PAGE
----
Despite a rebound of COVID-19 across the state in recent weeks, and Gov. Phil Murphy cautioning that the state “isn’t out of the woods yet” with the pandemic, he assured Wednesday that widespread shutdowns seen in the spring are highly unlikely to return.
“I sure as heck hope we don’t and I do not anticipate it,” the governor said at a Facebook Live virtual town hall. “I will be profoundly saddened and I will say shocked if we have to shut the whole place down again. I just don’t see that.”
When the pandemic rammed into the state in early March, the governor responded with sweeping business closures, bans on public gatherings and a stay-at-home order, all as a means to slow the spread of the virus.
Those measures have shown many signs of working, having even garnered the praise of Dr. Anthony Fauci, the nation’s top infectious disease expert. But, it’s shattered the state economy in the process, leading to record-high unemployment and 1.6 million New Jerseyans out of work.
Restrictions have gradually been lifted: Indoor dining, theaters, casinos, theaters, salons and malls have reopened their doors, albeit with intense physical distancing, reduced capacity and sanitization requirements.
But now, the state is seeing upticks in the number of daily positive COVID-19 cases, with the vast majority of them coming out of Lakewood in Ocean County.
According to State Health Commissioner Judith Persichilli, the positivity rate among COVID-19 tests in Lakewood was 27 percent, compared to a statewide average of roughly 3 percent.
State health officials warned that the area’s sizable Jewish population has fueled the local resurgence, and are rushing to deploy contact tracers and rapid-turnaround COVID-19 testing to Lakewood to contain the outbreak, Persichilli said.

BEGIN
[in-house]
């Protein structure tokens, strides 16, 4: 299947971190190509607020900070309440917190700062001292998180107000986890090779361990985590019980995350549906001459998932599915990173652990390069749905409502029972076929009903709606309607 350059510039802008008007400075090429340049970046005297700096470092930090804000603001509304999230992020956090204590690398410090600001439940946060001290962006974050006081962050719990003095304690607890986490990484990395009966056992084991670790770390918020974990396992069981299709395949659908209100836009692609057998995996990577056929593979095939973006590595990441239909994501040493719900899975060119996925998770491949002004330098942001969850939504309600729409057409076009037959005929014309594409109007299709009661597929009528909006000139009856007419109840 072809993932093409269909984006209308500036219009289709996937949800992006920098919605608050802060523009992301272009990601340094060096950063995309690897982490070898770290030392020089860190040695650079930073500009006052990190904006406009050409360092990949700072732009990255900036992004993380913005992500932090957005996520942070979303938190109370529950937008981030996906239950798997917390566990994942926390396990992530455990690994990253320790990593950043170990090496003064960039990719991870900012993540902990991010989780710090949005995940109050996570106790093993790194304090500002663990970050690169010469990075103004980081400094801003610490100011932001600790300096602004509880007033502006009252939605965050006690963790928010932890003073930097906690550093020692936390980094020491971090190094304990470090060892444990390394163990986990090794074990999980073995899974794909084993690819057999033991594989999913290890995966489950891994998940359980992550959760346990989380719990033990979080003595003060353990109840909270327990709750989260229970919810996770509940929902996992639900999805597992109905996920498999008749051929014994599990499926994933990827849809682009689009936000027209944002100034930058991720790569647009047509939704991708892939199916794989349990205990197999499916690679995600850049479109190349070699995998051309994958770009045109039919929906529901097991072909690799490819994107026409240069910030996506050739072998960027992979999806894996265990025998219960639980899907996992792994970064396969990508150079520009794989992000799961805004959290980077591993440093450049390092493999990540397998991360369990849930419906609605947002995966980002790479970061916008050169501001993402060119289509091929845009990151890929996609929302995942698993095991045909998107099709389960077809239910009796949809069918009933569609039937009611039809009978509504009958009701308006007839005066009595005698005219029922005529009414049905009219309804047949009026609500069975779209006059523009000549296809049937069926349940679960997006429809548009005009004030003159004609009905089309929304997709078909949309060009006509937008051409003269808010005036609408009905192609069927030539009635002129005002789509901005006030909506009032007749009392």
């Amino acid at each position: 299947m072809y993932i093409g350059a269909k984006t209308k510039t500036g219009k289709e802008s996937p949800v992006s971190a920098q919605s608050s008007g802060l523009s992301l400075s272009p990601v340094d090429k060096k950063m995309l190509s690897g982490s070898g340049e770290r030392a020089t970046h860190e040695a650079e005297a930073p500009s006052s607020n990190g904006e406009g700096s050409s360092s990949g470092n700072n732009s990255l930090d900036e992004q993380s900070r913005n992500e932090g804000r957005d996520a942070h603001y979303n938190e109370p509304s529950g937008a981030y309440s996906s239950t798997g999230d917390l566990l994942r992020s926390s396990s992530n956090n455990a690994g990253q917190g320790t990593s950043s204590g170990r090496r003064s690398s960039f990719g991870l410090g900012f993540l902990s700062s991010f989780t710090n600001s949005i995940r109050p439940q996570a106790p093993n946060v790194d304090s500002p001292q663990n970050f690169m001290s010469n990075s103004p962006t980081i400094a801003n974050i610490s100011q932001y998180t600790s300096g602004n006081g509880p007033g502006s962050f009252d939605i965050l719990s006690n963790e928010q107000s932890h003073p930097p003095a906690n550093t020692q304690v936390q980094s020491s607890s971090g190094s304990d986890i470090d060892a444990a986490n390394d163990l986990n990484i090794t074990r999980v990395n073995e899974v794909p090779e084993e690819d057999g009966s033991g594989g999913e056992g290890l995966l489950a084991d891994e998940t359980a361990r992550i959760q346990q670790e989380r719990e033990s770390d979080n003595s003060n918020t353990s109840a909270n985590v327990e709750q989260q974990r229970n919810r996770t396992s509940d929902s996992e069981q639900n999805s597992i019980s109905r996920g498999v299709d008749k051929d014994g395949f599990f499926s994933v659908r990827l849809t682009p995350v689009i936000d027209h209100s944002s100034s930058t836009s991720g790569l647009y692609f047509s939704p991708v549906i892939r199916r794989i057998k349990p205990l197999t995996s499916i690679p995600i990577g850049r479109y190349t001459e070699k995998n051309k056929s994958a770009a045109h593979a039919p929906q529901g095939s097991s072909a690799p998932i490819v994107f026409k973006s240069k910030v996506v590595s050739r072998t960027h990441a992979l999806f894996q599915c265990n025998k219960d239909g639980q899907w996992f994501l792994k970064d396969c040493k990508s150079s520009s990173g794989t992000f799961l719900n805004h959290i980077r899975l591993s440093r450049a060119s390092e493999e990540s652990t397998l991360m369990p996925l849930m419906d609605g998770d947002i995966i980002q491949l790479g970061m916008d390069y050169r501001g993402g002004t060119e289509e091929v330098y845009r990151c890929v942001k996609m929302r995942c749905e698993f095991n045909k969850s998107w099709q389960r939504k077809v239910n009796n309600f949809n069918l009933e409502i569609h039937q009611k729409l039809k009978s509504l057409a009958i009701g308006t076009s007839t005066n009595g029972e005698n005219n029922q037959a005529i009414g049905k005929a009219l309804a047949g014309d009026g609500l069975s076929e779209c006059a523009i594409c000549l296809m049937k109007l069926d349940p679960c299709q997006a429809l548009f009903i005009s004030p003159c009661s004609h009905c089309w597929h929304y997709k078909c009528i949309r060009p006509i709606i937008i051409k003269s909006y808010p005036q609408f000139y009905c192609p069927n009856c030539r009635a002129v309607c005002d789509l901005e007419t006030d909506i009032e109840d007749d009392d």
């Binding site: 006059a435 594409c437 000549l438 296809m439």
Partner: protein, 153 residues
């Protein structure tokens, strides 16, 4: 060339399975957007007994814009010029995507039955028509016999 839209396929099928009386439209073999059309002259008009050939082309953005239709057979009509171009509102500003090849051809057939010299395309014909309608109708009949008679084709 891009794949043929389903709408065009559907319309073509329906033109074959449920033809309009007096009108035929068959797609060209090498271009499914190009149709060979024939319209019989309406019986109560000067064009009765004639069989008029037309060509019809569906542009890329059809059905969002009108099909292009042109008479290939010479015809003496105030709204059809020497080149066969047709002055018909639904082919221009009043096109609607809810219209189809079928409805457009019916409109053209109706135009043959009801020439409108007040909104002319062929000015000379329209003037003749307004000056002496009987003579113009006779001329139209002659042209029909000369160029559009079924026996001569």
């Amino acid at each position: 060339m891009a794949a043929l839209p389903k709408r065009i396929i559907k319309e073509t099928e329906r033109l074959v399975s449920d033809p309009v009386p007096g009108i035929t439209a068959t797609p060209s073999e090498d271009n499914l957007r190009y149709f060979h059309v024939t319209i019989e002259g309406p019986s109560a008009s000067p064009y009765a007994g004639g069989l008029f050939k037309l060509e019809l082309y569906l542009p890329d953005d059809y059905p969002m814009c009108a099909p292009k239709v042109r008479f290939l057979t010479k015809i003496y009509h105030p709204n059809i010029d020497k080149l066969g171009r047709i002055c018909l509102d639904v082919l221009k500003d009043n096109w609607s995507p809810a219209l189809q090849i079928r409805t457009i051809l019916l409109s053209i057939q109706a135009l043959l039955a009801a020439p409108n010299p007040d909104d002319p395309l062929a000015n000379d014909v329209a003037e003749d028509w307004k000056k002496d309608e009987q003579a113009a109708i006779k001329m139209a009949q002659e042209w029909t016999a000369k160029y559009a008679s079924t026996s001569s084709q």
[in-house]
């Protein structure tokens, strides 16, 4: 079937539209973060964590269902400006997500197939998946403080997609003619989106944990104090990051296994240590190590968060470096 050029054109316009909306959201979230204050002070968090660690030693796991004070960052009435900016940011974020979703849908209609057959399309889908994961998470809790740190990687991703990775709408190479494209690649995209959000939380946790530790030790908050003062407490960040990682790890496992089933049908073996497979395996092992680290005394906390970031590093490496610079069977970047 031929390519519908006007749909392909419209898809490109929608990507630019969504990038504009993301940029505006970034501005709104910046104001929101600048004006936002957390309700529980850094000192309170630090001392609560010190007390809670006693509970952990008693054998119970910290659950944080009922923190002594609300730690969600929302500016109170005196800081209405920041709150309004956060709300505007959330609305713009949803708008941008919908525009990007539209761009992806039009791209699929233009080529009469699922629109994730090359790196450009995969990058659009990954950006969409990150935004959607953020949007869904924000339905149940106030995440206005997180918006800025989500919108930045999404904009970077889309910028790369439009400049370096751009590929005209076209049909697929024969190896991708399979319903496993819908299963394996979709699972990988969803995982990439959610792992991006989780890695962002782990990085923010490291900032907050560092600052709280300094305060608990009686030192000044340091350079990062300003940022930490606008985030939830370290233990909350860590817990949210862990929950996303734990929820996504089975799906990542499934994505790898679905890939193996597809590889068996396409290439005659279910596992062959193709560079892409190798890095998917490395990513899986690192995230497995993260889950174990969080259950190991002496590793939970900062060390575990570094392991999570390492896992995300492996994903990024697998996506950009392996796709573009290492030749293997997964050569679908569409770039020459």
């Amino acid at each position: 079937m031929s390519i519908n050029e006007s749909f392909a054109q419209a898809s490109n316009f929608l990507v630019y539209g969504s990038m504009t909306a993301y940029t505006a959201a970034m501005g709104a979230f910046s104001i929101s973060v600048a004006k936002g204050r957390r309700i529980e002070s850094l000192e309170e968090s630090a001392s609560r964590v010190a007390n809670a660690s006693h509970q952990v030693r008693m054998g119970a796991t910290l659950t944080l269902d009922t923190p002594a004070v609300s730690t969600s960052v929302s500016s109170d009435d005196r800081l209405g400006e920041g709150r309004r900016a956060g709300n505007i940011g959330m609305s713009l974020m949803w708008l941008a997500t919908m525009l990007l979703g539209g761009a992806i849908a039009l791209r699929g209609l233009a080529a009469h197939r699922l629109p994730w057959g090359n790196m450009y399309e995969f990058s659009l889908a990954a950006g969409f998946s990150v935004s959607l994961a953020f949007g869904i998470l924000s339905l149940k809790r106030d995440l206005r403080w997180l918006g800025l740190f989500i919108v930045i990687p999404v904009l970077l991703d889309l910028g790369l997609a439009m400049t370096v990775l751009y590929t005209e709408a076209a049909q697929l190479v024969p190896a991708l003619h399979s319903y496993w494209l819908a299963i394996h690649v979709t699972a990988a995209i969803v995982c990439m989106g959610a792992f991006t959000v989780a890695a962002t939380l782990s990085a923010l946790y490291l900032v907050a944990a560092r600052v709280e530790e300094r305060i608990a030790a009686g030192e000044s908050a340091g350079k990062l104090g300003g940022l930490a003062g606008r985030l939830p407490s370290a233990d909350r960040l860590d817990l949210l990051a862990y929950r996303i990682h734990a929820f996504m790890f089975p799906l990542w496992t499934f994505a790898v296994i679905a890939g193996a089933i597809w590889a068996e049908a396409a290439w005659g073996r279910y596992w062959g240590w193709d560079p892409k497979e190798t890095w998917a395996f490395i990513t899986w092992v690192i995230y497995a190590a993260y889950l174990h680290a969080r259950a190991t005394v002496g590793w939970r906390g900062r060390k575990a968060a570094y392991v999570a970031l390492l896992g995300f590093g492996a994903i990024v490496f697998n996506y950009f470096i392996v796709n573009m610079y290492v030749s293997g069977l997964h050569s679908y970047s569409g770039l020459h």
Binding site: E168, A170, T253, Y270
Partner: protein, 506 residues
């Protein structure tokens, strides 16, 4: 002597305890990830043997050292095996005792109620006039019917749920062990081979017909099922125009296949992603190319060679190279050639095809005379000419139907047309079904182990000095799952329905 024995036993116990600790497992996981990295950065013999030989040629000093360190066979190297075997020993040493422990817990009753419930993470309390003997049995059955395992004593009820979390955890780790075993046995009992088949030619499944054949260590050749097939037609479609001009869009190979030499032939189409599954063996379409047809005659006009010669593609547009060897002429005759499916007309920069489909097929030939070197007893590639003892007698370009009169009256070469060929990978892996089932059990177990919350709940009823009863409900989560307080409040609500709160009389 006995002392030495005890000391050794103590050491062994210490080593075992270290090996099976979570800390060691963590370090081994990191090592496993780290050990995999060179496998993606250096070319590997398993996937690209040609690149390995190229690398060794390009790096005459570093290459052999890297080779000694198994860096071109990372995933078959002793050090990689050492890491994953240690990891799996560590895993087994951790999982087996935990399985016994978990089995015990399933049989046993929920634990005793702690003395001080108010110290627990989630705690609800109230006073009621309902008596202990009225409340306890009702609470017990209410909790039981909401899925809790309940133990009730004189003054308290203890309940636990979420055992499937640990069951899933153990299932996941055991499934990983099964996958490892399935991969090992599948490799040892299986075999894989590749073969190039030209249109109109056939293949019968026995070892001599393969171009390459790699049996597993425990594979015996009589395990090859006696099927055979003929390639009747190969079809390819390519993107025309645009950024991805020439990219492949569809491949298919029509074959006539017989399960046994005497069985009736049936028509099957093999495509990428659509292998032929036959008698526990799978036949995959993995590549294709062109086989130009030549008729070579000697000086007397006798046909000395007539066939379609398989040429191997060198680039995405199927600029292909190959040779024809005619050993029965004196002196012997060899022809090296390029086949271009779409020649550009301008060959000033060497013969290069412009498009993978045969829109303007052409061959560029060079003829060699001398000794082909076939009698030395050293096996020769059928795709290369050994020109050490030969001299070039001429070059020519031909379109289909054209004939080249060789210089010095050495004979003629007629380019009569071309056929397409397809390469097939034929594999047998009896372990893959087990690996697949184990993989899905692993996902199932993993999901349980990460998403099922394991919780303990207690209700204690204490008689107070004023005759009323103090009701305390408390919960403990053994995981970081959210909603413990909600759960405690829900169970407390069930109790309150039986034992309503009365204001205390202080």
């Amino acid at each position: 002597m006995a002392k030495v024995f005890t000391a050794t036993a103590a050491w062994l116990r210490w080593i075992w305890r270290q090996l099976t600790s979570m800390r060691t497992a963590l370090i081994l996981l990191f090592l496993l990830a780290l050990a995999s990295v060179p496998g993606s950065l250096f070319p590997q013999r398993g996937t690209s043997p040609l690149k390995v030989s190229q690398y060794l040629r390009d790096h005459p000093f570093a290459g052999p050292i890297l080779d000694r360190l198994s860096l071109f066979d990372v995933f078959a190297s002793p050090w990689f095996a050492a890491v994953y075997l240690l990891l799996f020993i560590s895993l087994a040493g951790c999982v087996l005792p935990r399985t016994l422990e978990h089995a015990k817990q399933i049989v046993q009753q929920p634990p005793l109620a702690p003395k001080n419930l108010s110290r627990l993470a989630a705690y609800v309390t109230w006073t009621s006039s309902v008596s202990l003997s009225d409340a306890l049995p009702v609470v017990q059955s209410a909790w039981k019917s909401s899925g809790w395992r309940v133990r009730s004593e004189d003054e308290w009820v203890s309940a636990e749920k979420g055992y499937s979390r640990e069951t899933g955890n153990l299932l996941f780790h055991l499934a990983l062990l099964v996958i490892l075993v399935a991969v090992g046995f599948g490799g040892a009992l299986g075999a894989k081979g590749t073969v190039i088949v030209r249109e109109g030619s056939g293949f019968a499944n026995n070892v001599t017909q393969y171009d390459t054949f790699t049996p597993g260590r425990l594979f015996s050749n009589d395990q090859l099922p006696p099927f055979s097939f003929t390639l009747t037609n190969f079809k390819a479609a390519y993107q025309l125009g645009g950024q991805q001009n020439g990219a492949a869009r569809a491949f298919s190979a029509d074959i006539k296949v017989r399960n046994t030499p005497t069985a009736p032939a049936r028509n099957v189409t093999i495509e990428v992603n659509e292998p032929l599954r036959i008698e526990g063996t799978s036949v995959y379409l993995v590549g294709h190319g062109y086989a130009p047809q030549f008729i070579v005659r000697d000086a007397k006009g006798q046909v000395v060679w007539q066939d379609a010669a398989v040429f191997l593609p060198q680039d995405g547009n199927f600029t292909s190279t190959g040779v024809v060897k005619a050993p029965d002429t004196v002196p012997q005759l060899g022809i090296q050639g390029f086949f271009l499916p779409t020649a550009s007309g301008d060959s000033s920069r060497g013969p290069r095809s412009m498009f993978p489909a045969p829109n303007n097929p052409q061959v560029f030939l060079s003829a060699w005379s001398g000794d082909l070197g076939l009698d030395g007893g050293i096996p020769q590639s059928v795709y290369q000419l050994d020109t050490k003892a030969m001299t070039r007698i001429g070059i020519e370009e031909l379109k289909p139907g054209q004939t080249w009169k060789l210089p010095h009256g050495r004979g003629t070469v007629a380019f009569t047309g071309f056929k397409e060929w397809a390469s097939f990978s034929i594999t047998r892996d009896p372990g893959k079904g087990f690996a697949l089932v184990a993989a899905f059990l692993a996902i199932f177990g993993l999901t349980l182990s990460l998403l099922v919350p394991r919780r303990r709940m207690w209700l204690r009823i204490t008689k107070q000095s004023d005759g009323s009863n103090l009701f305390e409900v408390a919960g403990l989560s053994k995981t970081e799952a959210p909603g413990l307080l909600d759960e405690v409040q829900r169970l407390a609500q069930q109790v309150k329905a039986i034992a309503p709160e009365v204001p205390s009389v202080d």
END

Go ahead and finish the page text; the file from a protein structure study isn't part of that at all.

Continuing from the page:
“Is it a canary in the coal mine? I don’t know,” Murphy added at a Sept. 30 press conference. “ I hope it isn’t. I hope it is not.”
Meanwhile, the prospect looms of a second wave of COVID-19 outbreaks during the colder fall and winter months, which state health officials worry could potentially coincide with flu season.
But unlike March and April, when the state was caught off guard and its health care system put under strain, Murphy said that now New Jersey has “so much more in the right place.”
That includes a more thorough medical understanding of the virus, social distancing and face covering requirements in public and at businesses, increased bed capacity and ventilator availability at hospitals, and an increased stockpile of personal protective equipment like masks and gloves.
The state also has the ability to carry out tens of thousands of COVID-19 tests a day and several thousand contact tracers, whose job is to track down potential cases of the virus, and urge those people to get tested and self-isolate to nip potential outbreaks in the bud.
“The thing that makes me very pleased and encouraged about New Jersey is that, notwithstanding that you got hit pretty badly, right now if you continue to carefully and prudently open the economy, you can get through the fall and the winter,” Fauci told Murphy last week.
New Jersey’s “baseline” with the virus is “so low, you are going to be at an advantage when the inevitable cases occur,” explained Fauci, director of the National Institute of Allergy and Infectious Diseases.